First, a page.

Taking advantage of the beautiful weather, we retreated from the smog of the city to the stunning Derbyshire dales with a visit to breathtaking Chatsworth House.

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Chatsworth House is a stately home in the county of Derbyshire in the East Midlands region of England.  It is the seat of the Duke of Devonshire, and has been home to his family, the Cavendish family, since Bess of Hardwick settled at Chatsworth in 1549.

Standing on the east bank of the River Derwent, Chatsworth looks across to the low hills that divide the Derwent and Wye valleys. The house, set in expansive parkland and backed by wooded, rocky hills rising to heather moorland, contains a unique collection of priceless paintings, furniture, Old Master drawings, neoclassical sculptures, books and other artefacts. Chatsworth has been selected as the United Kingdom’s favourite country house several times.

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Chatsworth has 126 rooms, with nearly 100 of them closed to visitors. The house is well-adapted to allow the family to live privately in their apartments while the house is open to the public. Deborah, Dowager Duchess of Devonshire describes the family rooms in detail in her book Chatsworth: The House. She now lives at Edensor and the present (12th) Duke and Duchess have moved into Chatsworth. The family occupies rooms on the ground and first floors of the south front, all three floors of the west front, and the upper two floors of the north front. Staircases in the northeast corner of the main block and in a turret in the east front enable them to move about without crossing the public route.

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The Library- apparently this room is a focus at Christmas decorated to perfection.  Although not in the photograph there is a beautiful baby grand piano and visitors are invited to play.

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The main dining area set for service and decorated in ornate silver tableware.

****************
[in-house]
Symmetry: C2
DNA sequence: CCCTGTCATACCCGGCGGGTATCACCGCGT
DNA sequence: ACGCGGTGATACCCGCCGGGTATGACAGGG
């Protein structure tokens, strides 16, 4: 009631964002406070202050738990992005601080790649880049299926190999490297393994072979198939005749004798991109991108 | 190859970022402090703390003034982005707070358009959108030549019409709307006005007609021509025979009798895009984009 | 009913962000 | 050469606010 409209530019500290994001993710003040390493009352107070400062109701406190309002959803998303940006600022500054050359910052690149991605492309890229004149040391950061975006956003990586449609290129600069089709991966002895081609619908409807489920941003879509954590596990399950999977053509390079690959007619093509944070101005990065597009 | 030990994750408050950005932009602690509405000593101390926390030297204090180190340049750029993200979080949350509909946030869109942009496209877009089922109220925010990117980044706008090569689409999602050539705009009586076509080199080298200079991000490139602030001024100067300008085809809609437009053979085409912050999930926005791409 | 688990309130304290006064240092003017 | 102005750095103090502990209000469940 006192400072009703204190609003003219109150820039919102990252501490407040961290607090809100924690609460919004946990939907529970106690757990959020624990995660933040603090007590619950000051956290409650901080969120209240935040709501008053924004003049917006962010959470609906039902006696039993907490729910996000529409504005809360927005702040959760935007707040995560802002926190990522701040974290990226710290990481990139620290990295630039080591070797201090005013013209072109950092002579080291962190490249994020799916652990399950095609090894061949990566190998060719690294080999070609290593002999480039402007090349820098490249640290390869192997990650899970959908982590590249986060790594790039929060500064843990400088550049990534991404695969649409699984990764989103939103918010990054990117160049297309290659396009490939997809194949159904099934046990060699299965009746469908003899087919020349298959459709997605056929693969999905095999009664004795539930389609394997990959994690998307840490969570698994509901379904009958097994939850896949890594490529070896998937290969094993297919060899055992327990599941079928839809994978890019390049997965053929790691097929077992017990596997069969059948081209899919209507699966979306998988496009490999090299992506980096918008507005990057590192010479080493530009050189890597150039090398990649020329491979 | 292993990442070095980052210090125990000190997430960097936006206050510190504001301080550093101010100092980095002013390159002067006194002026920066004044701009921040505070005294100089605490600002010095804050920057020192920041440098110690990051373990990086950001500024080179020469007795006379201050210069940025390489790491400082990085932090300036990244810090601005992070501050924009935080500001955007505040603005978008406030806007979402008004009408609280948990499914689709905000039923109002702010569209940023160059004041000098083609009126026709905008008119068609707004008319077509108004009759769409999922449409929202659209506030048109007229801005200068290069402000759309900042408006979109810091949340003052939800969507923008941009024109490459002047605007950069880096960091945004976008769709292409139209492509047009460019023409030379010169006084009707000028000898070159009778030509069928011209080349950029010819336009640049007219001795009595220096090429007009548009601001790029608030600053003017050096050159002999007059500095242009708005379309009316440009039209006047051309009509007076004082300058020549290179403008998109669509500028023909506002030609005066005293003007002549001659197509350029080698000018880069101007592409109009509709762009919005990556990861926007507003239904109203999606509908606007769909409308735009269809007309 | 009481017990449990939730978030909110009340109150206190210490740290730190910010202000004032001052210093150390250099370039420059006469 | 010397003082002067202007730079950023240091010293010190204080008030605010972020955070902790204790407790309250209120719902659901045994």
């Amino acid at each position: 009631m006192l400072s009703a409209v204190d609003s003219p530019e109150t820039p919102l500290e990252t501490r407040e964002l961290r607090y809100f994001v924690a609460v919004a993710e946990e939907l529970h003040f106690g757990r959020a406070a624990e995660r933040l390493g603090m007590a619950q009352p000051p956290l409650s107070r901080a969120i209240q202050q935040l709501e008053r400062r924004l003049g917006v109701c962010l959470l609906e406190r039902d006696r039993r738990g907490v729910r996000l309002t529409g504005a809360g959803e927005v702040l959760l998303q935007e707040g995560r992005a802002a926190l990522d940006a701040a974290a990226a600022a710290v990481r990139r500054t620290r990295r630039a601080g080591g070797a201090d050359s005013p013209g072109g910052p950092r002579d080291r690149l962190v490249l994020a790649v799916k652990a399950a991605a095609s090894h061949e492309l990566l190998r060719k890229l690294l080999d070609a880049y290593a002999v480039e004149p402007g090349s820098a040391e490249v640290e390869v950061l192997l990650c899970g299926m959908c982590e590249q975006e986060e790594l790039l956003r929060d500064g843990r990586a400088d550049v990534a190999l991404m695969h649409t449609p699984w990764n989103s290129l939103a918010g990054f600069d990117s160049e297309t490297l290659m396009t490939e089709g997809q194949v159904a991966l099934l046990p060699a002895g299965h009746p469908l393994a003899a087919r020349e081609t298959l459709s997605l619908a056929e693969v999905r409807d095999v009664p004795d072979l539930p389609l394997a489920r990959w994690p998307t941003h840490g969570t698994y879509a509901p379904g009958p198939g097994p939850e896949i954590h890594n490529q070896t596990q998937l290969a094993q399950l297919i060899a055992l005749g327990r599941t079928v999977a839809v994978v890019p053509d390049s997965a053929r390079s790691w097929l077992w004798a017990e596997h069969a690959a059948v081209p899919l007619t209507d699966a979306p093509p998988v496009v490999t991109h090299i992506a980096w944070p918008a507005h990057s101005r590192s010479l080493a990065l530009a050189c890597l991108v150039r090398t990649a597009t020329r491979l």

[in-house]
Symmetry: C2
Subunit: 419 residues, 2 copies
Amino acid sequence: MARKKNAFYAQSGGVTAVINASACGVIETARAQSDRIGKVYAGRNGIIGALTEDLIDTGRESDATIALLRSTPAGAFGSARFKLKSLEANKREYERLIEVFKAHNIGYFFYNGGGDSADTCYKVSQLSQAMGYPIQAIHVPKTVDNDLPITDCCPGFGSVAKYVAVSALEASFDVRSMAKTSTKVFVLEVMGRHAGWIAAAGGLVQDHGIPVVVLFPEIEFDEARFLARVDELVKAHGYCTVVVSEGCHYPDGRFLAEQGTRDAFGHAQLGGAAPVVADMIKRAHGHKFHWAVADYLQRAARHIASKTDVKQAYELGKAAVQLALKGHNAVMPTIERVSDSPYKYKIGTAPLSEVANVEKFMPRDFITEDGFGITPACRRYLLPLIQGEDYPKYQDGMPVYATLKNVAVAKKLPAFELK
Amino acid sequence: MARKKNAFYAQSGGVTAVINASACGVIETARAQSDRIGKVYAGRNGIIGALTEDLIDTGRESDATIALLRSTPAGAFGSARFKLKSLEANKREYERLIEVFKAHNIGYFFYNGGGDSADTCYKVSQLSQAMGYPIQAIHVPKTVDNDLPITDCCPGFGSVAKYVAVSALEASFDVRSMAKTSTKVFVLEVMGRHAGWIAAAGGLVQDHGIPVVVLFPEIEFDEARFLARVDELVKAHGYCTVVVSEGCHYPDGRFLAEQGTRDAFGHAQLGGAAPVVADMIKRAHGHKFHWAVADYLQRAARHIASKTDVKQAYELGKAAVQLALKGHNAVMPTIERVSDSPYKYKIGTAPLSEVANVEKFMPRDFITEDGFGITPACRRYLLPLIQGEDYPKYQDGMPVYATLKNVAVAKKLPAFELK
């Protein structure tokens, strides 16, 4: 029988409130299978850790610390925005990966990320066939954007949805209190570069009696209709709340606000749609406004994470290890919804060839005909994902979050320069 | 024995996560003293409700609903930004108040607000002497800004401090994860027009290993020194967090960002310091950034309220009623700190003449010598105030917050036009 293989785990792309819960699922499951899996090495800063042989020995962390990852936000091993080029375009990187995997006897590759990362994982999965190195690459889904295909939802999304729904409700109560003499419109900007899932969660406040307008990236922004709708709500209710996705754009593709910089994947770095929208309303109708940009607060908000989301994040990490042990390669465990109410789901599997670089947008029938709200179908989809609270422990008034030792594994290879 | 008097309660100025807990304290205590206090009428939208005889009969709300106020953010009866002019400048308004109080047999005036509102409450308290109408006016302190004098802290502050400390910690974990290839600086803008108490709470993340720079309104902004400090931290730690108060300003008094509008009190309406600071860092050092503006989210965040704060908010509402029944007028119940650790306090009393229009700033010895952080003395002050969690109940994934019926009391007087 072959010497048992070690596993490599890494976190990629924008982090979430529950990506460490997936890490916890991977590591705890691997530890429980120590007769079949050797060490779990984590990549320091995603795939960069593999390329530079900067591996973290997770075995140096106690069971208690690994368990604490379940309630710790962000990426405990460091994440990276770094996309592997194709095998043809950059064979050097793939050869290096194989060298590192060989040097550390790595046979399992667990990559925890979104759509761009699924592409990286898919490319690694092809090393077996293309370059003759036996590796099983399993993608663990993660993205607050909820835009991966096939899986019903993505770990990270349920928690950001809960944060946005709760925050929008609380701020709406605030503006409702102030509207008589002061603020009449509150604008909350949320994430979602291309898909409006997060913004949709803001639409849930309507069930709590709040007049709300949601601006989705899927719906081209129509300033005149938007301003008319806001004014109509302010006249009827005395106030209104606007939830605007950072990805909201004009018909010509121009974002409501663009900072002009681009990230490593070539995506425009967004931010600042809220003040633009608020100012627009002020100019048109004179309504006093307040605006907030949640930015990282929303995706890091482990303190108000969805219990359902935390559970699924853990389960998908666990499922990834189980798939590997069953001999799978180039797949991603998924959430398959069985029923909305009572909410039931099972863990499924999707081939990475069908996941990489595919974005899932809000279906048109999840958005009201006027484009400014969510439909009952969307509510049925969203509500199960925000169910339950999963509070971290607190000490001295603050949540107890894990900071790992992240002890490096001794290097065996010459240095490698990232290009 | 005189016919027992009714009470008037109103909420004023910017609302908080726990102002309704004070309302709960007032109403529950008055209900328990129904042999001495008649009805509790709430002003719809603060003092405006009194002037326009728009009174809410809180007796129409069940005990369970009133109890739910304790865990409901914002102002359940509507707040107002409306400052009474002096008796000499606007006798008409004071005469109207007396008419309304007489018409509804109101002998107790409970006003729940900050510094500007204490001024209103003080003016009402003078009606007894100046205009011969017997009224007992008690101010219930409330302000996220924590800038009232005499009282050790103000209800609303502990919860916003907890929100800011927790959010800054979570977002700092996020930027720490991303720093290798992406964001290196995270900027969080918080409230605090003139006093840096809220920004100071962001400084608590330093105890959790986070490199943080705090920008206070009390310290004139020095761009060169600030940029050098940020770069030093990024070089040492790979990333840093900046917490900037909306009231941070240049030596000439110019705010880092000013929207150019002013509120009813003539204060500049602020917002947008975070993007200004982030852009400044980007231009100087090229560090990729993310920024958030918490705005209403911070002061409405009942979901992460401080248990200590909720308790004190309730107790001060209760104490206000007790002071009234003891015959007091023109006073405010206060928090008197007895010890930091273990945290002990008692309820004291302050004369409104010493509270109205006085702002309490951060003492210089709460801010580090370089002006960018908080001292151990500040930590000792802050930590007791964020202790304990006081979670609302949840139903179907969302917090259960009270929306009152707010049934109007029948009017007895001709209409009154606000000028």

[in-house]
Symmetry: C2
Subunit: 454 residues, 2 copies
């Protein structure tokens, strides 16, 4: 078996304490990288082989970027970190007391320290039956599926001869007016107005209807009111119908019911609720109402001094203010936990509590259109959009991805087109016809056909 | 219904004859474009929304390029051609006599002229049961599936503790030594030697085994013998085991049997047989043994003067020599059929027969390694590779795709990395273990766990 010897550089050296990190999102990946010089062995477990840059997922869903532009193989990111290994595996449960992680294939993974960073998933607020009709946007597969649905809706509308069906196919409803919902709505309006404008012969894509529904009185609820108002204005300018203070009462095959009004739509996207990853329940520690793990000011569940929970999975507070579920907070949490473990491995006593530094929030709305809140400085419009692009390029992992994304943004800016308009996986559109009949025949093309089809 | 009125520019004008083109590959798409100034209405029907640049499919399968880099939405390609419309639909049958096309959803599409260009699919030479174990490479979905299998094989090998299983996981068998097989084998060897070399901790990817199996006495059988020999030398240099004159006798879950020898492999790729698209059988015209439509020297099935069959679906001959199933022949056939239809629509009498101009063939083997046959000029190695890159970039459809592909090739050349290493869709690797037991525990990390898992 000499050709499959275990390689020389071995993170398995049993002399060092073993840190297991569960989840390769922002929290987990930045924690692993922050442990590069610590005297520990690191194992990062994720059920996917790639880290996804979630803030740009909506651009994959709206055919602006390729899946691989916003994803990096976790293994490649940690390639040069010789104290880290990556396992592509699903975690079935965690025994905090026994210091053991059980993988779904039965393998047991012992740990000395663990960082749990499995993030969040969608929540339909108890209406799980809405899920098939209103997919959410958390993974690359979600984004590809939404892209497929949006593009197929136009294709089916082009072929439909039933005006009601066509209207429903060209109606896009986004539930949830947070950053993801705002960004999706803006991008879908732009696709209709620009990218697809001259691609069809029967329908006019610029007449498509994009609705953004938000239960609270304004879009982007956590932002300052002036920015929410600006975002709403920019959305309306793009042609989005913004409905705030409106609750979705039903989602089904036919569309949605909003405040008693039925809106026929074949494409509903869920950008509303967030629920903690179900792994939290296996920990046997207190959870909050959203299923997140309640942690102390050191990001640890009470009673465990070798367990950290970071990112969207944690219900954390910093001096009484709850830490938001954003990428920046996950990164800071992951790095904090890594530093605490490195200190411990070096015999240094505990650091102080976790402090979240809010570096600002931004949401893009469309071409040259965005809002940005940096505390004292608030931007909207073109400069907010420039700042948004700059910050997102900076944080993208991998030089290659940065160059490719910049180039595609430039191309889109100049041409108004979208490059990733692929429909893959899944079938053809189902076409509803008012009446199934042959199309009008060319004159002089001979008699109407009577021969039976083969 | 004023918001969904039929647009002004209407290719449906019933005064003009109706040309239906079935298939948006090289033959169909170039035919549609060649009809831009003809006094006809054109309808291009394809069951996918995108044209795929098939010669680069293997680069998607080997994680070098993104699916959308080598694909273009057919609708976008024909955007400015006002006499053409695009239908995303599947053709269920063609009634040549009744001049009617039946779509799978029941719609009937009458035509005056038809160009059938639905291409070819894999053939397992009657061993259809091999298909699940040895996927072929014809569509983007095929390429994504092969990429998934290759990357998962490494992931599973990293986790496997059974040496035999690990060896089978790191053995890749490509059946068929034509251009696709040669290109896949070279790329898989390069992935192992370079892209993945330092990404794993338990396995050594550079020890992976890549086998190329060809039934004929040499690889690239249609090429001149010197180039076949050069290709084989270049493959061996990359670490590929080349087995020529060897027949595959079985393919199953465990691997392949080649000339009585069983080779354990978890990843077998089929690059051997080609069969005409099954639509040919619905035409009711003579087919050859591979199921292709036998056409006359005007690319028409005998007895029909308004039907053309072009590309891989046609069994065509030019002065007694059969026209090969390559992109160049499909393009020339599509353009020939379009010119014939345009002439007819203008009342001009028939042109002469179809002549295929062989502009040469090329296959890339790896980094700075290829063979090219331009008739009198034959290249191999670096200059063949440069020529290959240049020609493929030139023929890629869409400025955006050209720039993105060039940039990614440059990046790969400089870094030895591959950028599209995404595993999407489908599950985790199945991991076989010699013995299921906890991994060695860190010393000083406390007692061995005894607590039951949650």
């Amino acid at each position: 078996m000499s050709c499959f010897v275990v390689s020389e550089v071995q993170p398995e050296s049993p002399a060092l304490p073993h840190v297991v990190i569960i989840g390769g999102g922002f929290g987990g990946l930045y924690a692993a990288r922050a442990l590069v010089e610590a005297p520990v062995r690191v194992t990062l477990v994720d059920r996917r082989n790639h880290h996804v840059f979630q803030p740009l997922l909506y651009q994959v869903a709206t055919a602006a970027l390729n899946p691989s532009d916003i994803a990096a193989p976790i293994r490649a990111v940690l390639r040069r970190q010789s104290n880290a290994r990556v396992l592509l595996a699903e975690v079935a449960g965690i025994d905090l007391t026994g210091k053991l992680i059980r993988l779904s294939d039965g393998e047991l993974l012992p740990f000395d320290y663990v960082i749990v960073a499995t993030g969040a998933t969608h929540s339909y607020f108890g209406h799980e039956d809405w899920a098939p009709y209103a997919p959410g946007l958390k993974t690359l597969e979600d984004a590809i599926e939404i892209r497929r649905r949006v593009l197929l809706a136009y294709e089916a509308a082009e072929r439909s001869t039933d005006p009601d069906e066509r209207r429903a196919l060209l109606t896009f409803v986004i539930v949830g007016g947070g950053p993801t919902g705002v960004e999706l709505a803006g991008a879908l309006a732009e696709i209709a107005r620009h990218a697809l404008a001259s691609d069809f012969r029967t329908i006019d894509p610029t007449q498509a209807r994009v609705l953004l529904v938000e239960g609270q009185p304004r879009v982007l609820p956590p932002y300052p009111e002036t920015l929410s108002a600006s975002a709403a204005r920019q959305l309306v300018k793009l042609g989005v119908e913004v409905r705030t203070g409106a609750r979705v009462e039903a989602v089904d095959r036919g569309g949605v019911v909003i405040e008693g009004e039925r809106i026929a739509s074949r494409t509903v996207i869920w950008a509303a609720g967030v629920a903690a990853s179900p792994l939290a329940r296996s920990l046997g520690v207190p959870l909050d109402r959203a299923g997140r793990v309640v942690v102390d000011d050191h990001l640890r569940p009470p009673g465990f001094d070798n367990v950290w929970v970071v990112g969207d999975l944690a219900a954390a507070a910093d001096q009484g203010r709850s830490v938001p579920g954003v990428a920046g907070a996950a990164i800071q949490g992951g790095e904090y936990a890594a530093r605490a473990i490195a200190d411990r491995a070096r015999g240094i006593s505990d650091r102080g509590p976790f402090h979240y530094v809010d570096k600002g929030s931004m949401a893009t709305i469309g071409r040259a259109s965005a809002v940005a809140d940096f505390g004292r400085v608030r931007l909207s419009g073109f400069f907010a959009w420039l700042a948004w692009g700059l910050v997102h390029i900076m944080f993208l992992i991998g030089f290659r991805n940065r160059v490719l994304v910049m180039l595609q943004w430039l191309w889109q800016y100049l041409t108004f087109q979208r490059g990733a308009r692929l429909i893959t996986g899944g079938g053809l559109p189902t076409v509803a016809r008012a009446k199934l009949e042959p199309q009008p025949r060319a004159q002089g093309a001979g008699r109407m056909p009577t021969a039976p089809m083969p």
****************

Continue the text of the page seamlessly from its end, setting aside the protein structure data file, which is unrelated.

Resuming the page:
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The main staricase

 

A beautiful screen in one of the guest bedrooms- which matched  the

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bespoke handpainted wallpaper.  The wallpaper feautred sprawling vines peppered with exotic birds flora and fauna.  A true highlight.

 

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One of the guest beds – this bedroom featured a panoramic view of the canal pond and giant water feature.

 

 

I loved these haning candles.  Backed with mirror, hanging from red rope from the lofty ceiling and spread across the walls of the room – not only would they have been innovative pre electricity but would have created a beautiful effect.  The tapestry of woodland landscapes – one of many- was breathtaking also.

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An image of the Music Room- an ornate study.  Marble topped tables parquet floors and silk backed regency chairs in abundance.  The room gets it name due to the hanging violin on the door- which in fact is a Trompe L’oeil painting from the 1700s by Dutch artist Jan Van Der Vaart!

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The chapel featured a bronze sculpture Saint Bartholemew: Exquisite Pain’  by Damain Hirst depicting the saint who was skinned alive.  He stands anatomically exposed and carrying his perfectly removed skin.

This is on exhibit as part of Sotheby’s semi permanent installation named ‘Beyond Limits’ which features a catalogue of contemporary artists work ingratiated amongst the house amd grounds.

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Finely haindpainted Ostrich Eggs on display

 

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Beautiful vases

A Salon Hang in the back stairwell of Old Master portraits.  Beyond this room on display were some stunning Rembrandt drawings also.

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Hunting rifles and duelling pistols on display

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A rather unusal buggy, of Russian origin.

 

 

 

 

 

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Sculptures adorning the gardens

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The wild english country garden walled in by a hedged maze.

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An exterior angle with gold leaf windowframes that dazzled in the sunshine